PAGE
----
Trash of the titans? I'm certainly not referring to the Simpsons episode of that name. This city has at times played host to nearly all of this country's famous or powerful people. That mug might have been dropped by C.S. Lewis, that toothpaste tube could have been J.R.R. Tolkien's and that sheep's femur might have provided a meal for Oscar Wilde.  Or they might all just be the trash from the Morris Cars social club. That's part of the fun of rooting through this particular piece of undergrowth.

This post is off-topic from the rest of this blog. Every now and then if I see something I like I'll post it here, filed under beautiful things. Because some things, even trash, are worth sharing.

Tuesday, 9 February 2010

Lost in the fog

My poor doctor. He just can't get rid of me.

Sleeping pills are great. They stop you waking up at one in the morning. If you take two of them you wake up at about seven but spend the rest of the morning spaced out like Dylan the rabbit. If you take only one of them you're not spaced out but you are awarded an extra couple of hours in the day as your wake-up time shifts to five o'clock. If you forget to take any pills, you go back to waking at one in the morning.

After a couple of weeks of this sleep-but-not-sleep the complete exhaustion has gone but with it has gone my brain. This is not good, people pay me money so I can use my brain for them. I need to lose the pills, the insomnia and the gender fog that's rushed into the vacuum where my brain used to be. Then I can return to the exciting job of making data dance for people rather than confusedly sitting here making it twitch uncontrollably before the people who pay for my brain notice anything.

So I've booked another gap in my unfortunate doctor's busy life towards the end of the week. Having had a Long Chat in abstract terms with a motorcyclist friend who's also a hospital consultant about How To Approach Things With Your Doctor(though I think she may have guessed my problem but was far too nice to pry) , I am going to have another go at asking him for help that doesn't involve a path to transition. Back when I was talking to the same practice about depression I had counsellors and therapists being waved at me from all directions, albeit with waiting lists attached, so this time I think they can do better.

Stop-n-grow rocks!

The web's an awesome place, isn't it. If you're not content with following the bedtime activities of a newlywed couple via Twitter, you can now come here to follow the fingernail growth rate of a transgendered British blogger. Does it get any better than this?

A while back I decided to get on top of my lifelong nail biting habit by applying a product called Stop-n-grow to my fingernails. This is a clear nail paint with an awful taste that reminds you to stop if the fingers end up in your mouth. Most importantly though it gives me a perfectly valid excuse as someone presenting as a bloke to practice an extravagantly femmed-up nail painting routine at work.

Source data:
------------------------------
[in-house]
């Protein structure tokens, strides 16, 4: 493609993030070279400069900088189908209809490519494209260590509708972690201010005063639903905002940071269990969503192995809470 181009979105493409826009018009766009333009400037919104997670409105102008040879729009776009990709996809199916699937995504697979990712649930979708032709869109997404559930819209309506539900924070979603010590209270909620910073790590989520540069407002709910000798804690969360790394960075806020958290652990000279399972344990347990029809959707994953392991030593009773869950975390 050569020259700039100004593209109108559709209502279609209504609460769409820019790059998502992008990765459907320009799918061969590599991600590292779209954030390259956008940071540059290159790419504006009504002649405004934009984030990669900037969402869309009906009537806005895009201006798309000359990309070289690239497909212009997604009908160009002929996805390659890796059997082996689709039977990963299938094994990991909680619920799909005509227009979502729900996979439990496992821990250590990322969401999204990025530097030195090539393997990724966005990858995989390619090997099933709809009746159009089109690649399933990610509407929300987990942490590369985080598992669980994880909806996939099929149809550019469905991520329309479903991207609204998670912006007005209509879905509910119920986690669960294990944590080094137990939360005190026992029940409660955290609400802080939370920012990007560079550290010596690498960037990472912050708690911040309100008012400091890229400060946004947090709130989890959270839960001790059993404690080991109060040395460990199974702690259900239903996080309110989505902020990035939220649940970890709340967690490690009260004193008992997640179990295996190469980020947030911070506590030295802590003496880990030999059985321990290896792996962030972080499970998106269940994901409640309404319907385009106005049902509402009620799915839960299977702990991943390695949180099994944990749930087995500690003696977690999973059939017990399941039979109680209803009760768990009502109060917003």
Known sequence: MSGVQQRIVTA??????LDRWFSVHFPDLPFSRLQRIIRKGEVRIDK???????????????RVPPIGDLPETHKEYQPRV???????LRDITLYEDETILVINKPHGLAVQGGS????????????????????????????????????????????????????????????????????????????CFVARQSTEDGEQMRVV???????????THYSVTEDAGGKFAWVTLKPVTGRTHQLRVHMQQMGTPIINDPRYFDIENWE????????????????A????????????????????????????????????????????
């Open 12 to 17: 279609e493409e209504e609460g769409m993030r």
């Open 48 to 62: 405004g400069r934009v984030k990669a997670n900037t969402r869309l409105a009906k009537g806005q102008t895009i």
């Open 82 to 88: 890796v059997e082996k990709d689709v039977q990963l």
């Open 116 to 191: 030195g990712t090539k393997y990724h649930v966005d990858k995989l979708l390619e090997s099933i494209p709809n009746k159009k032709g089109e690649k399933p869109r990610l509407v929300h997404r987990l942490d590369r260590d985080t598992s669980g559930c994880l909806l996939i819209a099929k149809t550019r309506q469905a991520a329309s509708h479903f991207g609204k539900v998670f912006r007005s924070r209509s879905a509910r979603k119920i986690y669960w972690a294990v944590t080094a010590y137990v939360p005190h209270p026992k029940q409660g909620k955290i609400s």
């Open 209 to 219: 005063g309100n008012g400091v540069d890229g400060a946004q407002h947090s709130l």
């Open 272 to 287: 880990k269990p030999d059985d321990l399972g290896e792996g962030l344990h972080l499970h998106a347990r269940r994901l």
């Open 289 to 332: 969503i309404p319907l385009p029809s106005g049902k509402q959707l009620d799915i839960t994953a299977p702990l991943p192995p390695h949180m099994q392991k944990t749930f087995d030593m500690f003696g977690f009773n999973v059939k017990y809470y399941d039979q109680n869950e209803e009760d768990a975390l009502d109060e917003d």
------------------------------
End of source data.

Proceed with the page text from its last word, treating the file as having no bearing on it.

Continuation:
What can I say? It works! Every time my fingers have come anywhere near my mouth, the great taste of Bitrex has made sure they come away sharpish. I've now grown them out to the point at which they were slightly annoying before cutting and filing them back to a maintainable shape. And they're staying that way. If you've not spent decades biting your nails, you won't understand the feeling bestowed upon me by this simple achievement.

There is one unexpected downside. In the past my nail-polishing has been fairly infrequent but as a little celebration of my newly tidy nails I've done it once or twice in the last week. For now semi-decent nails are a novelty, forgive me a moment's fun. Unfortunately though I'm not used to having a fingernail under which things can get caught, so I am having to be very careful to make sure I don't have a rim of rather colourful pigment left under my nails after cleaning away the paint. I can claim to my colleagues that it's paint from my car, but a simple glance out of the window would reveal it not to be the same colour. What do I do? Only buy nail paint the same colour as my car, or simply pick up an old car of the same colour every time I buy a new shade? What a tough decision!

Monday, 8 February 2010

There passes an amazing woman

A distant relative of mine died last month. She was in her mid nineties, and as far as I am aware had led a happy and healthy life before the relatively short illness that took her from us. I never met her because she lived in one of those remote parts of Scotland where sea-lochs mean what might be an easy drive becomes a two-day slog, but she corresponded with my mother.

I'm telling you about her because of what she did for a living. She was a shipwright, and also a noted sailor and sage on sailing the Western Isles. Considering her age, she was one of the first female apprentices in the Scottish wooden shipbuilding industry back in the 1930s. So she not only made her living making some rather cool stuff but was a trailblazer for women in a completely male industry back when ladies like her were expected to get married as soon as possible and become homemakers. I'm kicking myself for never having taken the time to seek her out.

RIP Liz, your distant cousin is very proud of you.

Saturday, 6 February 2010

Femulate Rosie

Casting around for inspiration when thinking that maybe it's time I had a profile picture I did a bit of searching on iconic images of women through the ages. One of the images I turned up will not be the inspiration for my picture for all its power, Rosie the riveter was the publicity character representing the thousands of American women who participated in the US war effort during World War II.

Aside from having the right arms and someone I could probably borrow a pneumatic drill from I don't think I have what it takes to make a success of it but it raised an interesting benchmark: if you can do a good Rosie then I think you've arrived, in passing terms. Being a girl in satin and heels is easy, being a girl in oily overalls is hardcore.

Friday, 5 February 2010